Children frequently need drug treatment. However, many drugs given to children have never been properly studied. Even though the pharmacokinetics, movement of drug into, through, and out of the body, can be different in children of all ages. This can lead to differences in drug exposure and therewith treatment failure or a harmful overdose.This thesis shows that drug therapy in children is rarely based on high-quality research and often relies only on doctors' experiences, especially in the youngest children. In addition, the results demonstrate how renal function changes with age and how renal function can best be determined in critically ill children. In this way, dosing regimens can be better tailored to kidney function and kidney failure can be better diagnosed. By recognising age-specific differences in kidney function between adults and children, drug therapy in children can be better substantiated.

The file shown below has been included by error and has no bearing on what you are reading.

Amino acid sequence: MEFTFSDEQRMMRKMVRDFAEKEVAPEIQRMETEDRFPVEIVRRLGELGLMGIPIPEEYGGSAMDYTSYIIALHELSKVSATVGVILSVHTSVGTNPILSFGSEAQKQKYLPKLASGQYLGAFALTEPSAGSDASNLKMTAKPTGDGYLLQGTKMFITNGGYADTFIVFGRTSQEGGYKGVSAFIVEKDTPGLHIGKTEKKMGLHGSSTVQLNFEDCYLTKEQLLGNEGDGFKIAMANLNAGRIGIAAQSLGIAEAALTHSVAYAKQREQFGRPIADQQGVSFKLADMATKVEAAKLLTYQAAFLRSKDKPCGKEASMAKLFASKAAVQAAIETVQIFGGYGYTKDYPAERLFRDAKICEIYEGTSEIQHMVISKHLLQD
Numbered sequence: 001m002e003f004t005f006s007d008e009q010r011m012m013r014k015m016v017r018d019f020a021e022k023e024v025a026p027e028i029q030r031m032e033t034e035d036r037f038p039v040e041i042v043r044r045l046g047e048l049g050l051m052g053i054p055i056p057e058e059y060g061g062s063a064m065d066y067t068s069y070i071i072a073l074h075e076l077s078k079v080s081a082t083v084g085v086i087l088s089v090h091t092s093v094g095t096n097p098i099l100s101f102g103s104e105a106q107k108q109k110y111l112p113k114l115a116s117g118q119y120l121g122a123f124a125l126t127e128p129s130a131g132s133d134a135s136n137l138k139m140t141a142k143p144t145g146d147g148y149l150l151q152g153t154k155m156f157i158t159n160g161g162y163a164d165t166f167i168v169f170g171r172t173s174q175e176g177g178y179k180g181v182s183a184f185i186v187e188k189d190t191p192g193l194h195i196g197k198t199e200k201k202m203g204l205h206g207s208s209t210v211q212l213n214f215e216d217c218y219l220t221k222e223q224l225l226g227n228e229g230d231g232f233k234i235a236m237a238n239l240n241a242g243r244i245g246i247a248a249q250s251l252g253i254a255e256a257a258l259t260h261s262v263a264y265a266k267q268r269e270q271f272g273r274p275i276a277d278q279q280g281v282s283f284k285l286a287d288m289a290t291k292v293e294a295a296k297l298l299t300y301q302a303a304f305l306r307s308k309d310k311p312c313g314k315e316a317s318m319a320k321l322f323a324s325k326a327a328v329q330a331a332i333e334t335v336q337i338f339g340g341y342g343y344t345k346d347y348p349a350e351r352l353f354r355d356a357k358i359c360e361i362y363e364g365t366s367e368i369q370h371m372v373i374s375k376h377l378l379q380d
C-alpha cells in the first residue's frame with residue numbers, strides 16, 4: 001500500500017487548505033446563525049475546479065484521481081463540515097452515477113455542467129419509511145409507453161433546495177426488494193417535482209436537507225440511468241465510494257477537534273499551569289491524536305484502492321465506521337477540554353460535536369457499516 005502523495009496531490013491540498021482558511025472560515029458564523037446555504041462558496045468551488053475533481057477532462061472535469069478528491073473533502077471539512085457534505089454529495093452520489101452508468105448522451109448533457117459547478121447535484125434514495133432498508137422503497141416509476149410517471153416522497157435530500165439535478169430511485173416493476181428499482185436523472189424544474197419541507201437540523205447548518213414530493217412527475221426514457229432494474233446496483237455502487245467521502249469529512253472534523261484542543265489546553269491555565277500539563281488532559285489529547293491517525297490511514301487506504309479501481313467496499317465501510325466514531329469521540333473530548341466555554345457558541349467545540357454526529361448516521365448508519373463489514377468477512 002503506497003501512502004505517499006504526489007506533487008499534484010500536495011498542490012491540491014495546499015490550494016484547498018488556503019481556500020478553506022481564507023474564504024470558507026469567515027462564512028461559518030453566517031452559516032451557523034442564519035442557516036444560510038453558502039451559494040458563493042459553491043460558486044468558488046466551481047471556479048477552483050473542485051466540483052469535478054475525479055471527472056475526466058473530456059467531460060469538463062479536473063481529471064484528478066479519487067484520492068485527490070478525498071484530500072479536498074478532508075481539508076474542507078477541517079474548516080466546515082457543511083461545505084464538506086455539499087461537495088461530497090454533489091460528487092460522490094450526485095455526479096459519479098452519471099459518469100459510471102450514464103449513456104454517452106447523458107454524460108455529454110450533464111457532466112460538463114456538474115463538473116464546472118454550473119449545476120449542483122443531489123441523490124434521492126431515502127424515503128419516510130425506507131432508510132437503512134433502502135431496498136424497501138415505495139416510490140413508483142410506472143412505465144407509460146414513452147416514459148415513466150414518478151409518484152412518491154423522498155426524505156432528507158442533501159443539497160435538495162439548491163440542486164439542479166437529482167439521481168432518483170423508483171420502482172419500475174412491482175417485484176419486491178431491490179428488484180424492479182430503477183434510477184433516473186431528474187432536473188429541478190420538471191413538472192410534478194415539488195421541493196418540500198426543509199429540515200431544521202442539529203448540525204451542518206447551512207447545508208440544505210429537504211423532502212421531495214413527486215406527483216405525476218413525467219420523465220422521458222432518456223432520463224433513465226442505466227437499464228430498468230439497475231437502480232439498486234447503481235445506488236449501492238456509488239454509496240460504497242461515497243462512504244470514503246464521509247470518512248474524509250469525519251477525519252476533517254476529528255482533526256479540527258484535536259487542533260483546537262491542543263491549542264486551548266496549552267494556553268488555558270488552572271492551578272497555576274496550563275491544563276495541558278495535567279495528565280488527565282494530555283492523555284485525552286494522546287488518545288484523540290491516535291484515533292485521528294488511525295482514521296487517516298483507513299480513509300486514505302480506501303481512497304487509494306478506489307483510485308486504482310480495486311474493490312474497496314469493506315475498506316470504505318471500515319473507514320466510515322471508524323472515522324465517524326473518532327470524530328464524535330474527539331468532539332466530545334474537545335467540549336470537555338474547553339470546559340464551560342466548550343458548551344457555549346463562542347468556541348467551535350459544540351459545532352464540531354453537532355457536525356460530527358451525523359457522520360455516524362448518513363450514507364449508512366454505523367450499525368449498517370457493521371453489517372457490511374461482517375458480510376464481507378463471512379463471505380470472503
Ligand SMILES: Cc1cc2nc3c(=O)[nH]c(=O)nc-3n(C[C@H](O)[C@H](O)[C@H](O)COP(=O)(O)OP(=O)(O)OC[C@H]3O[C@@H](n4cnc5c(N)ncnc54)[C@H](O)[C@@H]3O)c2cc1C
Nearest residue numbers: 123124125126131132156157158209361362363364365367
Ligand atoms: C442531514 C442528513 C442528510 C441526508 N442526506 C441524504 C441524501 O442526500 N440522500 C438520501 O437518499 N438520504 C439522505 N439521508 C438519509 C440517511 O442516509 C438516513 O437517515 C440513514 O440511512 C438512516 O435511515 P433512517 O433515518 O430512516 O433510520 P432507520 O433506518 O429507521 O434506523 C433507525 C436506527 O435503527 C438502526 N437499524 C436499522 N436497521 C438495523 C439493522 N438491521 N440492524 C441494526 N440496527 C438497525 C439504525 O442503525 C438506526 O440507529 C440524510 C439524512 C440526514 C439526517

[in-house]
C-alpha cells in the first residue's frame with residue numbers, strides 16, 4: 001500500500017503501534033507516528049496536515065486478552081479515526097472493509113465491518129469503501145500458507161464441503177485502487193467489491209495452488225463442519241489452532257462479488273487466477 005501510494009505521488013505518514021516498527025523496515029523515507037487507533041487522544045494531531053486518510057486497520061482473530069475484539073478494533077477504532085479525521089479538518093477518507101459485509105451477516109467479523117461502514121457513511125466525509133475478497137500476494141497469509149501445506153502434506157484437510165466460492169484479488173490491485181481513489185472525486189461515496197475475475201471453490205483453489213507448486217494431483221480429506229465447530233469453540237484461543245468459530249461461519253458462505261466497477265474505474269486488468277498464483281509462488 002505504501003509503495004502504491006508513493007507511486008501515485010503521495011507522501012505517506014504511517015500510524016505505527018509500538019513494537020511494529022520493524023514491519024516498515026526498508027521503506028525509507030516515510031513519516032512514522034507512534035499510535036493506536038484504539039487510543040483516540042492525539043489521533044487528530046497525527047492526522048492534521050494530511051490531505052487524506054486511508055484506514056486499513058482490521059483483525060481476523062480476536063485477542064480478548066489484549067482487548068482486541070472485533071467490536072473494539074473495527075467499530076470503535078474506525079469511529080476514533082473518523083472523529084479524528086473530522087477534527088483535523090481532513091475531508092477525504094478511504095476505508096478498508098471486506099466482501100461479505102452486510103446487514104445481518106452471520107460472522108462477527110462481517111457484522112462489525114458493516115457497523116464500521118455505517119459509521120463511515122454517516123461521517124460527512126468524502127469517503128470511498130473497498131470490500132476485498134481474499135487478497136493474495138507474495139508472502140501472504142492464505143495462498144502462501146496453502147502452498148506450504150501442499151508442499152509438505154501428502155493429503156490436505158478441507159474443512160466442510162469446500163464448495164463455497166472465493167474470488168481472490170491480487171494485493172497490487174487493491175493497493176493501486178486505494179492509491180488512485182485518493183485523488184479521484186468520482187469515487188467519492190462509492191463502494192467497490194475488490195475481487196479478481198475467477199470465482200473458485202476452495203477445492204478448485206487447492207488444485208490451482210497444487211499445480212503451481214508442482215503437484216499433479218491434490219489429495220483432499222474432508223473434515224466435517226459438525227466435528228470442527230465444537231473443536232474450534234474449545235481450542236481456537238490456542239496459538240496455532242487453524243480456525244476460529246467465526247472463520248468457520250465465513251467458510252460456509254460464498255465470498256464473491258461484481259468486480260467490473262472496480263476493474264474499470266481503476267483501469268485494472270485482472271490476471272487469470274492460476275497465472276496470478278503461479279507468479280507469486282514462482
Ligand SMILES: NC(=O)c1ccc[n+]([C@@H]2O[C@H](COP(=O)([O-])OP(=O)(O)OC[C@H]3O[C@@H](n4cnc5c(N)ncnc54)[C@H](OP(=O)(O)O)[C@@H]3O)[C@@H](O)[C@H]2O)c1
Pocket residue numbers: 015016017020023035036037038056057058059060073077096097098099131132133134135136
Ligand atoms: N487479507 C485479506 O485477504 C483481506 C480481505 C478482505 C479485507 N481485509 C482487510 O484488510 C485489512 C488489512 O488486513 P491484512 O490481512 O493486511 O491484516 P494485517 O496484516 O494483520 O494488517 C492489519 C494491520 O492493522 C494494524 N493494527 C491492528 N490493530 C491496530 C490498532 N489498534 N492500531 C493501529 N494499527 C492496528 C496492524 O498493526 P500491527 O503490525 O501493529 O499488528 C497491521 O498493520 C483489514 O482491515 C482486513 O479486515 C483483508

Nori Smeets (1992) obtained her medical degree at the Radboud University in 2018, after which she started with her PhD research at the Department of Pharmacology and Toxicology. She was trained as a clinical pharmacologist and worked as a resident at the paediatric intensive care unit. Currently, she is working as a paediatric resident in training at the Canisius Wilhelmina Hospital.